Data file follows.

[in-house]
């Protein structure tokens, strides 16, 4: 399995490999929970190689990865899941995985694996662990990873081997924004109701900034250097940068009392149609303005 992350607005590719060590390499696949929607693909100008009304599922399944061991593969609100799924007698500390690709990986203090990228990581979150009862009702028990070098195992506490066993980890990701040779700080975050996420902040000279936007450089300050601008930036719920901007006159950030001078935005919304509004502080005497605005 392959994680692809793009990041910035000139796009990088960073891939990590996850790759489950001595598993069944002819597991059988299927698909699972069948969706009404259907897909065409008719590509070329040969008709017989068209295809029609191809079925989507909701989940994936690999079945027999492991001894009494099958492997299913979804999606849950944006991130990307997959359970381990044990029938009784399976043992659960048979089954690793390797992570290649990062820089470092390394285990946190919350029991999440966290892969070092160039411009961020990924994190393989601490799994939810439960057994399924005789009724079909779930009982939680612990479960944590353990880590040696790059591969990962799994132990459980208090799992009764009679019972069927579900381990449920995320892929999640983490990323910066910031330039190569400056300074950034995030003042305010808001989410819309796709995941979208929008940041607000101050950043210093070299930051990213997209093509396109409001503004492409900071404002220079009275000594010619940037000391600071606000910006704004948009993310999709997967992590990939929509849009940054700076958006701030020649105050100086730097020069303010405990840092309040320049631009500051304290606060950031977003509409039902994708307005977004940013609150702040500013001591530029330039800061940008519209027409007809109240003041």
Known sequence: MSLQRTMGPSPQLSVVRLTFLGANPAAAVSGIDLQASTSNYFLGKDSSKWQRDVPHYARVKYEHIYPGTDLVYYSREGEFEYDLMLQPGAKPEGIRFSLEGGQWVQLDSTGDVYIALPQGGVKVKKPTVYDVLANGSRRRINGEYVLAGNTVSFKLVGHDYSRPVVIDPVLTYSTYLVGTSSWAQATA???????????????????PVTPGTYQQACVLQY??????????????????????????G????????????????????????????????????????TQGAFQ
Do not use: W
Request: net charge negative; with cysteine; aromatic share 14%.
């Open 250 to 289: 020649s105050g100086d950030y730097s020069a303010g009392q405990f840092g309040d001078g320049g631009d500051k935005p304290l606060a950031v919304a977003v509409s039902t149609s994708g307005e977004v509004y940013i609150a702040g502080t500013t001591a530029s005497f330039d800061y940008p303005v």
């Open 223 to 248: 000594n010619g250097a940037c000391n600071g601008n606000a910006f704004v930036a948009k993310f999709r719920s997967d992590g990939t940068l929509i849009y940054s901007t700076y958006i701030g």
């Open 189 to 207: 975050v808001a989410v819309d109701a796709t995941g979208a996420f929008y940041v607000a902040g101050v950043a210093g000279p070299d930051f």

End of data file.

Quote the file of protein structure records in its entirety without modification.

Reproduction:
[in-house]
């Protein structure tokens, strides 16, 4: 399995490999929970190689990865899941995985694996662990990873081997924004109701900034250097940068009392149609303005 992350607005590719060590390499696949929607693909100008009304599922399944061991593969609100799924007698500390690709990986203090990228990581979150009862009702028990070098195992506490066993980890990701040779700080975050996420902040000279936007450089300050601008930036719920901007006159950030001078935005919304509004502080005497605005 392959994680692809793009990041910035000139796009990088960073891939990590996850790759489950001595598993069944002819597991059988299927698909699972069948969706009404259907897909065409008719590509070329040969008709017989068209295809029609191809079925989507909701989940994936690999079945027999492991001894009494099958492997299913979804999606849950944006991130990307997959359970381990044990029938009784399976043992659960048979089954690793390797992570290649990062820089470092390394285990946190919350029991999440966290892969070092160039411009961020990924994190393989601490799994939810439960057994399924005789009724079909779930009982939680612990479960944590353990880590040696790059591969990962799994132990459980208090799992009764009679019972069927579900381990449920995320892929999640983490990323910066910031330039190569400056300074950034995030003042305010808001989410819309796709995941979208929008940041607000101050950043210093070299930051990213997209093509396109409001503004492409900071404002220079009275000594010619940037000391600071606000910006704004948009993310999709997967992590990939929509849009940054700076958006701030020649105050100086730097020069303010405990840092309040320049631009500051304290606060950031977003509409039902994708307005977004940013609150702040500013001591530029330039800061940008519209027409007809109240003041």
Known sequence: MSLQRTMGPSPQLSVVRLTFLGANPAAAVSGIDLQASTSNYFLGKDSSKWQRDVPHYARVKYEHIYPGTDLVYYSREGEFEYDLMLQPGAKPEGIRFSLEGGQWVQLDSTGDVYIALPQGGVKVKKPTVYDVLANGSRRRINGEYVLAGNTVSFKLVGHDYSRPVVIDPVLTYSTYLVGTSSWAQATA???????????????????PVTPGTYQQACVLQY??????????????????????????G????????????????????????????????????????TQGAFQ
Do not use: W
Request: net charge negative; with cysteine; aromatic share 14%.
């Open 250 to 289: 020649s105050g100086d950030y730097s020069a303010g009392q405990f840092g309040d001078g320049g631009d500051k935005p304290l606060a950031v919304a977003v509409s039902t149609s994708g307005e977004v509004y940013i609150a702040g502080t500013t001591a530029s005497f330039d800061y940008p303005v």
């Open 223 to 248: 000594n010619g250097a940037c000391n600071g601008n606000a910006f704004v930036a948009k993310f999709r719920s997967d992590g990939t940068l929509i849009y940054s901007t700076y958006i701030g």
């Open 189 to 207: 975050v808001a989410v819309d109701a796709t995941g979208a996420f929008y940041v607000a902040g101050v950043a210093g000279p070299d930051f």